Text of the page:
New York Gov. Andrew Cuomo:
The Hudson River was pouring into the Brooklyn-Battery Tunnel like a river at high velocity. The response of the first responders was as courageous as anything I’ve seen. They were running right into the face of danger. If it wasn’t for their heroism, things would have been much worse.On the giant Breezy Point fire:
"If you and I were trying to walk in waist-deep water, it’s difficult — now picture doing that to fight a fire. It’s incredibly difficult," said Frank Dwyer, a spokesman for the city’s Fire Department. "Very high winds were creating blow-torch effects on the blocks, spreading the fire around."New Jersey Assembly Speaker Sheila Oliver:
"I want to offer my deepest gratitude to all of the dedicated emergency responders who continue to work protecting residents throughout New Jersey,” Oliver said in a statement. “This has been a difficult storm, but their bravery and devotion helped ease our worries and continues to do so. Their courage never ceases to amaze.But while acts of immediate valor in the moment of the storm are most likely to be recognized, there are weeks of unheralded, grinding work ahead for construction workers, garbage collectors, cleaners, engineers, transit workers, utility workers, and so many others.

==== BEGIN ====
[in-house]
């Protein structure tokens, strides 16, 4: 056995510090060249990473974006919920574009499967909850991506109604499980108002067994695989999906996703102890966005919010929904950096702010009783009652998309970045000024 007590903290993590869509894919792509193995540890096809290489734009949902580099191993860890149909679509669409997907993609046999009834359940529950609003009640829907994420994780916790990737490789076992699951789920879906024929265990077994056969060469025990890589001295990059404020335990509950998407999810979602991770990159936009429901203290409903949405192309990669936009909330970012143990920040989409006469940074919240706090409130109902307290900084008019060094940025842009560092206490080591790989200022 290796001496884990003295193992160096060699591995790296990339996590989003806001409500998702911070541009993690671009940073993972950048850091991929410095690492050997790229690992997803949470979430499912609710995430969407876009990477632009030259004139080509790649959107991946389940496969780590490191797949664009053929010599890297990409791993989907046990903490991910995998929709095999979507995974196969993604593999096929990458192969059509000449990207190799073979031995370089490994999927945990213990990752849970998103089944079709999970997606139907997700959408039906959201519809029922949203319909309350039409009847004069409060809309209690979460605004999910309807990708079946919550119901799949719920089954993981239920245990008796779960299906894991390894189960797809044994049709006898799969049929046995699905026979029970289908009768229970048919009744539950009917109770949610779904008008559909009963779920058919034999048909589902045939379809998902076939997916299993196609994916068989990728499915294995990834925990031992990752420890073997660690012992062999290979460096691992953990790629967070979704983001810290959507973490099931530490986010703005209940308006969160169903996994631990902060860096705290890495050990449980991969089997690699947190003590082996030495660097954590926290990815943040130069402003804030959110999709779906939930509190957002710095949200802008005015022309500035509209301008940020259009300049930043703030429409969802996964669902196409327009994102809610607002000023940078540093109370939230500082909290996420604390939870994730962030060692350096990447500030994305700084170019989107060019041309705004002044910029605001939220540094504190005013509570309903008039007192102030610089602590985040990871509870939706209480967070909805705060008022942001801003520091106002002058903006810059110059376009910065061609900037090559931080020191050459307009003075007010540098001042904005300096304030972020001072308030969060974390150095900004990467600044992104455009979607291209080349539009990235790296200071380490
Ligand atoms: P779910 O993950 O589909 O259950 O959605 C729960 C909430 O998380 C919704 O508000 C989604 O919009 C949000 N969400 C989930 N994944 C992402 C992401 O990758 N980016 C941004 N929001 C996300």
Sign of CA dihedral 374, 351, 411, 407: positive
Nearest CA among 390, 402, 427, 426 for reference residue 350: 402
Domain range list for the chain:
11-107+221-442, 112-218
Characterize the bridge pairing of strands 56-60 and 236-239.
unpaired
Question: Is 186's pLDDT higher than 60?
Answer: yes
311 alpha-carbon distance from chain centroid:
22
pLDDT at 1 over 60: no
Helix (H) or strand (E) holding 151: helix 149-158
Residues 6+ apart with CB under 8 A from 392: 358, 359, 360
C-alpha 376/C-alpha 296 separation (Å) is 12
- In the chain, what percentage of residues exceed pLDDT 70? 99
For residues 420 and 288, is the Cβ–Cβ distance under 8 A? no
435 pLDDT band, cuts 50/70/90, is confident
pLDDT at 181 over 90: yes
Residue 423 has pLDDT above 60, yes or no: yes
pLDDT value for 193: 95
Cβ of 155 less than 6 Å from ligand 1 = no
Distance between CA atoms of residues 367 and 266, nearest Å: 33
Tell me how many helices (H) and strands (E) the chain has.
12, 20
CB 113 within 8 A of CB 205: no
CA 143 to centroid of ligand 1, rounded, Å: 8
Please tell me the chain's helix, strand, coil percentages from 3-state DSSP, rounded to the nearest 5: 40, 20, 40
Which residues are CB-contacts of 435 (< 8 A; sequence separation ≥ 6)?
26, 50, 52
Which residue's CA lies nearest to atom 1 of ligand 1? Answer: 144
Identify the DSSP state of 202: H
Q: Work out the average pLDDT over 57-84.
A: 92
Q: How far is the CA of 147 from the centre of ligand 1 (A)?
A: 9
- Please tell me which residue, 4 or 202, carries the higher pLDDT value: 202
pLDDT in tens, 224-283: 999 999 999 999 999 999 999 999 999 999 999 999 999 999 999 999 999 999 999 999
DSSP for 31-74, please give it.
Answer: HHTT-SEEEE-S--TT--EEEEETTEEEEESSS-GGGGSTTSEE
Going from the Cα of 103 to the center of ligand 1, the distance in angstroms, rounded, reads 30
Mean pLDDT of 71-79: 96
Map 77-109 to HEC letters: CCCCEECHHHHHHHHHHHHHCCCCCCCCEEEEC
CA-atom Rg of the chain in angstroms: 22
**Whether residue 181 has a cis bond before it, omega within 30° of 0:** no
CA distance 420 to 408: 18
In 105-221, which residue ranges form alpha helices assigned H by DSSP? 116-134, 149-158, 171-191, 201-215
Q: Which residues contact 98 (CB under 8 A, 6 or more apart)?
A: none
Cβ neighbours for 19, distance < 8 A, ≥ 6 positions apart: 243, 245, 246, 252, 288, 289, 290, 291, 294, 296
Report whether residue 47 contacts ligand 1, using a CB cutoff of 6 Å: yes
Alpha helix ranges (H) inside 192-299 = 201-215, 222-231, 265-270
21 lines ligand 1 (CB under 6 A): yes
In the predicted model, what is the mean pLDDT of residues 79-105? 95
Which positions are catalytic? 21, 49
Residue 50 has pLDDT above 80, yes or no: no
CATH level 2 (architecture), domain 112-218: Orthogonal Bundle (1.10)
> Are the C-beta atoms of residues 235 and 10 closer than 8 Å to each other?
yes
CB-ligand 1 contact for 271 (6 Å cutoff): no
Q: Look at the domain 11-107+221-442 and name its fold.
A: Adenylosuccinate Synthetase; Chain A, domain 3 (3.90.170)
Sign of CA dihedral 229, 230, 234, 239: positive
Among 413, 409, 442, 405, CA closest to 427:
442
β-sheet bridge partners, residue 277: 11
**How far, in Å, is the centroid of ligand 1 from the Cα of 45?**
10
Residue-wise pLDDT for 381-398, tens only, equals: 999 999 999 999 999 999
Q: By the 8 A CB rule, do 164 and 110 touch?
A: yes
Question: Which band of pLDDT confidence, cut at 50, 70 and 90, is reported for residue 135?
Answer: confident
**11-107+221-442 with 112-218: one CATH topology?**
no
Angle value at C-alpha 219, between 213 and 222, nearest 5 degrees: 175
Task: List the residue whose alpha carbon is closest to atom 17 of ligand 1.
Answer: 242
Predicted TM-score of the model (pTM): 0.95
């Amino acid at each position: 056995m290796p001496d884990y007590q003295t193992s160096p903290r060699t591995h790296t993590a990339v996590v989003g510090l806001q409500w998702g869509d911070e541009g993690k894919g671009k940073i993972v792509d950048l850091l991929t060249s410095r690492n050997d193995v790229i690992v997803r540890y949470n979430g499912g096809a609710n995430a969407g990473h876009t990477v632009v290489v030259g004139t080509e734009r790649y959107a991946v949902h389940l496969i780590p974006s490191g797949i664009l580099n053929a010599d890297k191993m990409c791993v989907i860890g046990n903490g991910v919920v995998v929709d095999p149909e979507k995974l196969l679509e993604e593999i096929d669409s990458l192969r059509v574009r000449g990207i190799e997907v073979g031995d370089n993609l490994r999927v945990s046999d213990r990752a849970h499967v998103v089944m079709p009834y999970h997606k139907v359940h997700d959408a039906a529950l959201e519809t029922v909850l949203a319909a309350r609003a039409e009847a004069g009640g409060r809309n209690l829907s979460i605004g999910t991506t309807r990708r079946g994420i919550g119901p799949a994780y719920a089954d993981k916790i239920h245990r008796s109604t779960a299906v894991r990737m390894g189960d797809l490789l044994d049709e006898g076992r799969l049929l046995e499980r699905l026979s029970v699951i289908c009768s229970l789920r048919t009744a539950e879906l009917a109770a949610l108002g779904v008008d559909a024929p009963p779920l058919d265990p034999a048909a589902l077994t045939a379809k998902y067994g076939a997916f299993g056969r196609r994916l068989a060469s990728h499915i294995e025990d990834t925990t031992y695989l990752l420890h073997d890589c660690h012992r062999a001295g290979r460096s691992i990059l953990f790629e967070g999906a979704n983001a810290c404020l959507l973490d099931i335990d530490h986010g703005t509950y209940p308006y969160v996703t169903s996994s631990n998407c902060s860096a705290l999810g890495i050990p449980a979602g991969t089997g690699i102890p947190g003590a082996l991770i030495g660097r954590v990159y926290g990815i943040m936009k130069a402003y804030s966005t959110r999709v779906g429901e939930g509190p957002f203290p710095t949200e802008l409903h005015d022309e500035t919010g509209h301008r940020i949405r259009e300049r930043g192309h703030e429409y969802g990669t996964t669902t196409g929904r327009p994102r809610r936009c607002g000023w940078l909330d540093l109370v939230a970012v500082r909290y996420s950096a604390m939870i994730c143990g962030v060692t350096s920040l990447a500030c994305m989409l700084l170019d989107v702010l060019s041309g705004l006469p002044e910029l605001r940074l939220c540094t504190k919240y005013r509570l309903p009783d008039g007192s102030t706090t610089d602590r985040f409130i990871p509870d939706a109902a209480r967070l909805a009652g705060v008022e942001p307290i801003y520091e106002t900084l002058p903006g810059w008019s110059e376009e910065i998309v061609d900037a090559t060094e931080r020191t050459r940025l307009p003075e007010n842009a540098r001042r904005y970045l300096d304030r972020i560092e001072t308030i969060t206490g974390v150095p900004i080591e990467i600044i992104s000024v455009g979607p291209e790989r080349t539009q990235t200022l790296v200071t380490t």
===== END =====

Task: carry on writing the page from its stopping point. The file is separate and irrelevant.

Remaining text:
A fair day's wage
- But we're told that strengthening safety regulations for teen workers would be just terrible:
Silos teeming with corn, wheat or soybeans become death traps when grain cascades out of control, asphyxiating or crushing their victims. Since 2007, 80 farmworkers have died in silo accidents; 14 of them were teenage boys.
The deaths are horrific and virtually all preventable.
- National Labor Relations Board Chair Mark Pearce: New Penalties Needed for Union-Busting of Undocumented Workers.
- Commentators, most of whom are upper middle class, tend to think part-time work and "flexible" scheduling are good for workers. The reality is that they're
part of the big squeeze:
The widening use of part-timers has been a bane to many workers, pushing many into poverty and forcing some onto food stamps and Medicaid. And with work schedules that change week to week, workers can find it hard to arrange child care, attend college or hold a second job, according to interviews with more than 40 part-time workers.